COMPASS MAGAZINE #13
COMPASS MAGAZINE #13

Intelligent digital models empower real-time decision making

The upstream oil and gas industry is pushing to apply digital technologies to exploration and production practices, yielding better business returns by optimizing processes and increasing efficiency. From replicating a complicated well design to refining a well control system to sharply decreasing the risk of a blowout, the ‘digital twin’ is one more concept advancing the industry’s digital transformation.

Since production of the Boeing 737 aircraft began in 1967, the time needed to complete construction of a single jet has gone from several months to just eight days. How did Boeing do it? In many cases, the company applied sophisticated computer software to the challenge of improving its manufacturing processes, organization and efficiency.

Today, the oil and gas industry is applying similar digital solutions to reduce operational risk and ensure premium performance throughout the life of its assets. Specifically, these solutions monitor, model and view real-time oilfield operations above and below ground as “digital twins,” sophisticated 3D simulations that help operators visualize and understand what the huge volumes of data generated by ongoing oil and gas projects really mean – and how to act on it.

“There are multiple advantages to having an accurate digital model of your business,” said Nabil Kassem, chief executive officer of ExcellenceO2, a management consulting company based in Dubai. “The main advantage is that a good model enables you to make critical decisions about your oil or gas field quickly and without the confusion that can arise from having several experts weigh in on the same question from different points of view. The result is faster, better-informed decisions about your asset.”

CLOSING THE PRODUCTIVITY GAP

According to a recent report by global management consultancy McKinsey, the typical offshore oil and gas platform “operates at approximately 77% of its maximum production potential” – a figure that implies an industry-wide
performance gap of some US$200 billion (€170 billion). The reason? Operators are not taking advantage of currently available “analytics tools and techniques capable of unlocking the production potential of complex process facilities and enhancing asset investment returns.”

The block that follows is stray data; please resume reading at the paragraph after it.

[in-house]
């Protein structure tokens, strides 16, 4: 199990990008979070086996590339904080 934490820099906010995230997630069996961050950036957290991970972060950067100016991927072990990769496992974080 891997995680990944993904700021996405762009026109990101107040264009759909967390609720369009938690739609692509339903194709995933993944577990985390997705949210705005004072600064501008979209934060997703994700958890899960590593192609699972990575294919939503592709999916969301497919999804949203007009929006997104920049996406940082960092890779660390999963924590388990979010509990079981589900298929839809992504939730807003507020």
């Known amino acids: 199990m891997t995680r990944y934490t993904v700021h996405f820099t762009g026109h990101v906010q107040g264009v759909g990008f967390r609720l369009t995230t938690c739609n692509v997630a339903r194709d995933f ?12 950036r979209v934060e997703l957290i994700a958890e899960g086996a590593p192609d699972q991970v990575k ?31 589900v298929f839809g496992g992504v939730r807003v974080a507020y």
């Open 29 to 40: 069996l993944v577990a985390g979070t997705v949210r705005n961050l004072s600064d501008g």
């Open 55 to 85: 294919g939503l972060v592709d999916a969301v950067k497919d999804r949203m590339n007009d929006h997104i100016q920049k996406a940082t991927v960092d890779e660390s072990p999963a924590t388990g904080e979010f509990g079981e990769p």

Kassem points to field development planning (FDP), the stage at which a company plans an oilfield project, designs the project’s wells and considers how it will produce the oil, as a likely point for digital modeling to help close
this gap.

“MANAGING AN OILFIELD WITHOUT DIGITAL MODELING IS LIKE TRYING TO FOLLOW A ROUTE WITH ROAD SIGNS INSTEAD OF A GPS.“

INDY CHAKRABARTI SENIOR VICE PRESIDENT, E&P SOFTWARE, EMERSON AUTOMATION SOLUTIONS

“Most decisions at this stage are about getting the size of the operation right – not too big, not too small,” Kassem said. “If flawed analysis leads to oversizing a project, your capital expenditure can suffer. Likewise, undersizing a project can engender painful outlays, since expanding a project is much more expensive than getting it right the first time. This is why having a digital model is so important. All available information is made accessible so the right decisions can be taken and so potential missteps can be avoided.”

Digital modeling – including the use of digital twin simulations – could provide a major, difficult-to-achieve economic benefit, experts say: the ability to increase an oilfield’s longevity by ensuring optimized operations.

“Today’s oilfield is in information overload,” said Indy Chakrabarti, senior vice president, E&P Software, Emerson Automation Solutions, a developer of software-enabled solutions for the oil and gas industry. “This means operators can’t optimize their decisions across an entire field over time because there is too much data to be considered. Instead they must focus on one well at a time, which can create problems. Much more ideally, you would be able to control all your wells in unified fashion and for the entire life of the field.”

EMBRACING THE DIGITAL LEAP

Managing an oilfield without digital modeling is like trying to follow a route with road signs instead of a GPS, Chakrabarti said. “If you’re going only three miles, you’ll be fine with just signs,” he said. “But if you’re going three thousand, you’ll save a lot of time if you know about any traffic problems or road detours well in advance.”

A coordinated digital platform offers benefits well beyond field optimization, Chakrabarti said.

“Health, safety and environmental performance all stand to improve as a result of increased access to digital information,“ he said. “With this type of system in place, any KPI [key performance indicator] a company wants to measure can be recorded and updated on demand. That’s added value.”

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For information on expanding the manageability of oil and gas fields, please visit:
http://go.3ds.com/bUTW